West Bromwich Albion boss Tony Mowbray has sprung to the defence of football's hardmen following a flurry of red cards in recent weeks.
Baggies defender Paul Robinson's earned his second early bath of the season in the victory at Hull City on Saturday.
The left-back was rightly booked for a crude tackle on Richard Garcia in the first half, a challenge which may have drawn a straight red card from some referees, but he was harshly treated in the second period when an innocuous tackle on substitute Frazier Campbell resulted in a second yellow card, meaning he will now serve a two-game ban starting with tomorrow's FA Cup third round replay with Charlton Athletic.
Mowbray was one of football's men of steel during his playing days with Middlesbrough and Ipswich Town. As a manager he is a devoted advocate of the beautiful game, a worshipper of wonderful football and a passionate protagonist of a passing style.
However, he still feels there is room in modern football for the tough-tackling type of player but believes modern refereeing is rob-bing the game of all-action battlers like Robinson.
He said: "Because of the culture of the game these days we did a lot of work last week on playing 11 against 10 in training. I have noticed there is almost a sending-off every game now.
"It is a shame that competitive players are being removed from the pitch. There have been too many sendings-off for tackles that shouldn't be red cards.
"I saw Paul's second tackle because it happened right in front of me and it wasn't late or high. The referee made the decision and we have to abide by it.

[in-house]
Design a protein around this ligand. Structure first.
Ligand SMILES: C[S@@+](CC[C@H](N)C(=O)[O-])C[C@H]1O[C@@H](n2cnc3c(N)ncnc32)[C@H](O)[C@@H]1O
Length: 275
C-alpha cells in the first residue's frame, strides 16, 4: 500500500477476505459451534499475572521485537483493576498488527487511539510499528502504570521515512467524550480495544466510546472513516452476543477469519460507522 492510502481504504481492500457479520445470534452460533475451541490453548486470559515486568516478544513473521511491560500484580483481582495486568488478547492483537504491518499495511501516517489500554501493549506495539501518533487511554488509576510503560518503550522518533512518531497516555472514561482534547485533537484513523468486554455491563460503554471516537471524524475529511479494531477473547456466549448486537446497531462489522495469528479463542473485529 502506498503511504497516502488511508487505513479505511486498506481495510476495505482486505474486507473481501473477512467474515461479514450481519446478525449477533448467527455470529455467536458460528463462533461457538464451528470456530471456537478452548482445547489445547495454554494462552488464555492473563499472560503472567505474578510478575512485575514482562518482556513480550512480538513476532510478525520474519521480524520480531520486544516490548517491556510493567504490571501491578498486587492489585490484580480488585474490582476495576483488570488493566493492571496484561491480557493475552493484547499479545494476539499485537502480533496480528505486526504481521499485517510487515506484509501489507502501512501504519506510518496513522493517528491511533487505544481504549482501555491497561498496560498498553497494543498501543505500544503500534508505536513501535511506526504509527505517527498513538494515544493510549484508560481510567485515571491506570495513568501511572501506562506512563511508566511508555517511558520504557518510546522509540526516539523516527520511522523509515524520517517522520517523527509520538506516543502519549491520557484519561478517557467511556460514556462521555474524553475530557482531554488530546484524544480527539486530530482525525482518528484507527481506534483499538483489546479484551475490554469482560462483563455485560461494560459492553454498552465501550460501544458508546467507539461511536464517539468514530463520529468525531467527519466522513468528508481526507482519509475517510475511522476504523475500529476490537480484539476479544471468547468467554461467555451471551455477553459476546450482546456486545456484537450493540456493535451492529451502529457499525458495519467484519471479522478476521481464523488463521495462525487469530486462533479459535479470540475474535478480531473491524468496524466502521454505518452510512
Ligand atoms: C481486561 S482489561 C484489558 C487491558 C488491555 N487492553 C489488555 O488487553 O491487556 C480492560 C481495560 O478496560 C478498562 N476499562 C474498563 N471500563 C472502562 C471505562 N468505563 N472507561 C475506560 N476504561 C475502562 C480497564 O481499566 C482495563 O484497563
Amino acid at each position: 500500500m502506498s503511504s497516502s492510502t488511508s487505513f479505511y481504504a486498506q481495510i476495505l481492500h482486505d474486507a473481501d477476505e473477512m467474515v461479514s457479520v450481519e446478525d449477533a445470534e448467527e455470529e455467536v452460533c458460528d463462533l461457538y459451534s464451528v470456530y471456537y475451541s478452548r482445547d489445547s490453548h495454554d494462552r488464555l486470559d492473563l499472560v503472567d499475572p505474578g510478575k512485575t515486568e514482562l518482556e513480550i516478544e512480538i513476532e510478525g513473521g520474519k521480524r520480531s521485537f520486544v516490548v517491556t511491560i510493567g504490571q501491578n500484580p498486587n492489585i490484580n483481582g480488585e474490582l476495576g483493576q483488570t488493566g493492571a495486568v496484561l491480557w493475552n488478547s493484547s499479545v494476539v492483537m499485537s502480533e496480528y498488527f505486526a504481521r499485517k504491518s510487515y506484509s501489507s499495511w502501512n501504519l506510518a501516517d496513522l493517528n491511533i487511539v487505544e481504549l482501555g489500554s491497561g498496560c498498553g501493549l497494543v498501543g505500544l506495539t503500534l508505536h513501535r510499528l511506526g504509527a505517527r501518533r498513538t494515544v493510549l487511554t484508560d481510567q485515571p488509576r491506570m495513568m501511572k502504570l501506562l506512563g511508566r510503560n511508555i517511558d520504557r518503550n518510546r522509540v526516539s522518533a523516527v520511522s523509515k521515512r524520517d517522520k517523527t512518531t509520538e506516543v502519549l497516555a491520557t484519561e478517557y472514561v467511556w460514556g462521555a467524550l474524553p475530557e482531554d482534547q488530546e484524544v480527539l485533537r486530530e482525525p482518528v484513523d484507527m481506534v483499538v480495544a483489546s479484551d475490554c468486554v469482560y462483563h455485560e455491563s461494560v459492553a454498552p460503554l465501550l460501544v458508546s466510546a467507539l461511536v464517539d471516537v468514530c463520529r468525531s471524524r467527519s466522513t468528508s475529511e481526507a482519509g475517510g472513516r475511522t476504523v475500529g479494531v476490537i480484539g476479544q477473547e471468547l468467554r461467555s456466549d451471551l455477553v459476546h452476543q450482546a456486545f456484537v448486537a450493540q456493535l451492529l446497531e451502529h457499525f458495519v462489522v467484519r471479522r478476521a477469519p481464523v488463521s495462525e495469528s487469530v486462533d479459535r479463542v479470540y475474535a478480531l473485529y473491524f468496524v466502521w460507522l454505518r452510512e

"It was a difficult day for the officials because of the atmosphere in the stadium, but in my opinion he got that one wrong. We will suffer that later on but right now I am just pleased with the three points."
While the victory stopped a sequence of three away games without a win and lifted Albion back to the summit of the Coca-Cola Championship, Mowbray was unimpressed with some of his side's defending and said there was still plenty of work to be done on the training ground.
He said: "It wasn't a particularly good performance from us. We have a lot of improving to do.
"We have to keep going but we have to do a lot better then we have shown at Hull.
"We can score goals and have an obvious threat at the top end of the pitch. If teams come at us too much then we can score goals.
"Defensively I think we have massive amounts of work to do. We faced a little bit of adversity at the end and I was delighted with how they dug in. However, teams create too many chances against us and get the ball into our box too often. We have lots to work on but there were plenty of positives."
While Mowbray may be concerned about some of the defensive aspects of Albion's play he knows Albion's cutting edge in front of goal is a major factor in their strong league position. As well as Kevin Phillips' 16 goals this season, substitute Roman Bednar grabbed his eighth of the season in just eight starts, while Ishmael Miller and Craig Beattie have also got healthy goals-to-games ratios.
He said: "I thought we were on top so much in the first half that we were pretty comfortable and perhaps should have had a third goal. We knew we could break away on them and were a real threat.
"You have to give Hull a lot of credit for sticking at it and being very competitive. They made life very difficult for us and put lots of balls in the box, which asked questions.
"It was also pleasing to see a cutting edge that ultimately led to the third goal. It is nice to have the options of Bednar coming off the bench to replace the likes of Miller and Phillips. That was decisive."